We just say “the Olympics” when we talk about our rainy national park, a bumpy line of peaks we can see over the Sound. Named for the home of the gods, Olympic National Park reigns as the fifth most visited national park in the country. Its three million annual visitors rank just behind blockbusters like Yosemite and Yellowstone.

It helps that Olympic National Park is in pieces: one big round blob encompassing the peaks and rain forest, then a sliver that runs a third of the length of Washington’s Pacific shore. Visitors stream into the meadows of Hurricane Ridge, the sands of Kalaloch, and the forest canopies of Hoh—or all three. 

It took two Presidents Roosevelt to preserve the nearly one million acres of Olympic National Park. Today it cradles forest creatures you won’t find anywhere else, rare temperate rain forest where winters drown in up to 14 feet of rain, and the largest unmanaged elk herd in the world. But now the park faces dwindling federal funding, and the challenge of removing dams that have gummed up its rivers for a century. Zeus may have lived on Olympus once upon a time, but these days the Olympics, and the expansive lands that make up Olympic National Park, are our treasure and our responsibility.

In This Feature:

Olympic National Park

10 Top Places to Visit in Olympic National Park

Whether you're hiking, camping, boating, or all the above—these are the must-visit places for your trip's itinerary.

  • Published 07/22/2011

Olympic National Park

Follow the Park Ranger (On a Bear Hunt)

Olympic National Park ranger Susannah “Sanny” Lustig leads us on a bear hunt.

  • By Allison Williams
  • Published 07/22/2011

Olympic National Park

Insider’s Guide to Olympic National Park: Summer Things to Do

Stargaze at Hurricane Ridge, swim in the mineral pools of the Sol Duc Valley, or rock climb Mount Cruiser.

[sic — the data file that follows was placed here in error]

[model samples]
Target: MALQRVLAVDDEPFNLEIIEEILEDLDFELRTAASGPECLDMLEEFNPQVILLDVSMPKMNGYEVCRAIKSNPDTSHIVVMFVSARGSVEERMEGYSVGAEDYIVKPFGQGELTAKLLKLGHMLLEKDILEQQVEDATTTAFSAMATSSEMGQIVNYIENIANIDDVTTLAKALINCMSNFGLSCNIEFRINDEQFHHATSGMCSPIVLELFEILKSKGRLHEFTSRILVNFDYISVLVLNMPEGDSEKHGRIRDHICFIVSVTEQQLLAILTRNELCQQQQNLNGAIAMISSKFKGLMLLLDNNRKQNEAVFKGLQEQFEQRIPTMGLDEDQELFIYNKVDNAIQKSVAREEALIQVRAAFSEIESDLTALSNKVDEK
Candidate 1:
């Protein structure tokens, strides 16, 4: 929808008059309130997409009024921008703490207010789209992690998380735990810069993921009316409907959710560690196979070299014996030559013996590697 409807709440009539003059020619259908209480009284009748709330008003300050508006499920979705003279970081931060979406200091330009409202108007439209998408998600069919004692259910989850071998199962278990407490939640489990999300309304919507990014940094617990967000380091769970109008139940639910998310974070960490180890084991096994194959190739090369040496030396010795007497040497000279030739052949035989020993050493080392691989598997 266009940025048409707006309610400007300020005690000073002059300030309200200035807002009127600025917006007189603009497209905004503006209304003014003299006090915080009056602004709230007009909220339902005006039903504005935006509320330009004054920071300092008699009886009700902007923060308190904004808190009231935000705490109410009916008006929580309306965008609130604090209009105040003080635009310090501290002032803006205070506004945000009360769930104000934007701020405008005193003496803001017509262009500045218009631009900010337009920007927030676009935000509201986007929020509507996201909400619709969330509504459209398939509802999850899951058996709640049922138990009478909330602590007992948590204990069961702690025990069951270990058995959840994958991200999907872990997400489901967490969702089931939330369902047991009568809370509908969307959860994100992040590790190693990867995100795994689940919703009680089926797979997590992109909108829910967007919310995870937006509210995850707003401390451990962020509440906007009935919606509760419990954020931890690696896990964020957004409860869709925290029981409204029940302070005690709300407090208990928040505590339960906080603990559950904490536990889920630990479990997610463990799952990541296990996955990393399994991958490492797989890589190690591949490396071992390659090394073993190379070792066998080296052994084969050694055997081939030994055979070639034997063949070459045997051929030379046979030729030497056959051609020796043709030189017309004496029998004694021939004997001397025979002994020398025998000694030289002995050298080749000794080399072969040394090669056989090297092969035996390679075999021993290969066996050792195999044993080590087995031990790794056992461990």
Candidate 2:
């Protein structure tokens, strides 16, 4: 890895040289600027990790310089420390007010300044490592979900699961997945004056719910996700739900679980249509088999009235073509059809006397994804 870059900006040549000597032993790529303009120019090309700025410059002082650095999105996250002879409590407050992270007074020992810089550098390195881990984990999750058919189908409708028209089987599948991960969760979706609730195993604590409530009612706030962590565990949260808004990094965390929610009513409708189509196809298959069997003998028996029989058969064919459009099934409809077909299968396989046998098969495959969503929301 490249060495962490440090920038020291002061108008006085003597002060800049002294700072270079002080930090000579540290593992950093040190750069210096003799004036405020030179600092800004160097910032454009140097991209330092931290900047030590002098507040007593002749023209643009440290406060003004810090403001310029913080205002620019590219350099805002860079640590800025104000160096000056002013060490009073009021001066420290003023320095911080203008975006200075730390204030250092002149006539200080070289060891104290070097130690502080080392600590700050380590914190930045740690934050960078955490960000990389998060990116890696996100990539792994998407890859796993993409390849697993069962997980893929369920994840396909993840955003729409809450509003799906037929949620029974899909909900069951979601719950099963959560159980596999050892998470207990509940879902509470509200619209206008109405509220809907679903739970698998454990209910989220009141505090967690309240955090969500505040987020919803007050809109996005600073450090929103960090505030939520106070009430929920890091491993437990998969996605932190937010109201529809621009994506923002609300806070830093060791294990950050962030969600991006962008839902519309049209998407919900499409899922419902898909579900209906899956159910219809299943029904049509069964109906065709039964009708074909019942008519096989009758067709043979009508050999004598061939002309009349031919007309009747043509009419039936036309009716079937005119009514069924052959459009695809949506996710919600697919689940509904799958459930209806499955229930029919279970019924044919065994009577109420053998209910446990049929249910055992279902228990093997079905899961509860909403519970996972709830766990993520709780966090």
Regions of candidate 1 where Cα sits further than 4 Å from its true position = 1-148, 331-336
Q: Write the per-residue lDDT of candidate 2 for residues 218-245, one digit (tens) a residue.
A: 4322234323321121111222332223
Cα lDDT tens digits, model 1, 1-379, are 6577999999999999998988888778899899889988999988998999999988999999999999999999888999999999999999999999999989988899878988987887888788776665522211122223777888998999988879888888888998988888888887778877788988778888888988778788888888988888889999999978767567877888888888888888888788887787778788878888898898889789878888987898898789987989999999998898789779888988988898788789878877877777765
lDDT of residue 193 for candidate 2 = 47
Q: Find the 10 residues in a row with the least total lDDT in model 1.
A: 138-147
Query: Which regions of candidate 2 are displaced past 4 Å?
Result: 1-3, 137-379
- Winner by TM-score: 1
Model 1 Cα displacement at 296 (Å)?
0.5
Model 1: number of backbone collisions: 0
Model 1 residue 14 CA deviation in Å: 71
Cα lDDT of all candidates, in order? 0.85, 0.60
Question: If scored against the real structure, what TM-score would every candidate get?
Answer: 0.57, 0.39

• By Allison Williams
  • Published 07/22/2011

Article

Insider’s Guide to Olympic National Park: Park Trails You Don’t Know

The best hiking trails you don’t know in Olympic National Park.

  • By Allison Williams
  • Published 07/22/2011

Article

Insider’s Guide to Olympic National Park: Poet of the Park

Tim McNulty serves as unofficial poet laureate of Olympic National Park.

  • By Allison Williams
  • Published 07/22/2011

Slideshow

Insider’s Guide to Olympic National Park: Art of the Park

Peter Malarkey, Steve Davis, Eirik Johnson, and N.P. Bank Note Company present the Olympic Peninsula through different lens.

  • Published 07/22/2011

Article

Insider’s Guide to Olympic National Park: Places to Stay in the Park

The best places to stay in Olympic National Park.

  • By Allison Williams
  • Published 07/22/2011

Article

Insider’s Guide to Olympic National Park: The Marmot Brigade

This summer, more than 100 volunteers will scour Olympic National Park for evidence of Marmota olympus, our own special marmot.

  • By Allison Williams
  • Published 07/22/2011

Article

Insider’s Guide to Olympic National Park: Where the Wild Things Are

A field guide to the animals of Olympic National Park.

  • Published 07/22/2011

Article

Insider’s Guide to Olympic National Park: Art of the Park

Peter Malarkey, Steve Davis, Eirik Johnson, and N.P. Bank Note Company present the Olympic Peninsula through different lens.

  • By Allison Williams
  • Published 07/22/2011

Article

Insider’s Guide to Olympic National Park: Essential Rain Gear

Essential rain gear for Olympic National Park.

  • By Lisa Han
  • Published 07/22/2011

Article

Insider’s Guide to Olympic National Park: Saving the Park

Helping to preserve Olympic National Park: Washington National Park Fund, Backcountry Horsemen of Washington, Student Conservation Association, Friends of Olympic National Park, and Olympic Park Institute.

  • By Annie Rose Favreau
  • Published 07/22/2011

Article

Insider’s Guide to Olympic National Park: Timeline of Olympic National Park

A history of Olympic National Park.

  • By Julia Scherzinger
  • Published 07/22/2011

Article

The Elwha's Last Dam Summer

It began 25 years ago as a radical idea: destroying two dams to save the Elwha River. It ends this month as a commonsense solution. Gentlemen, start your jackhammers.

  • By Bruce Barcott
  • Published 07/22/2011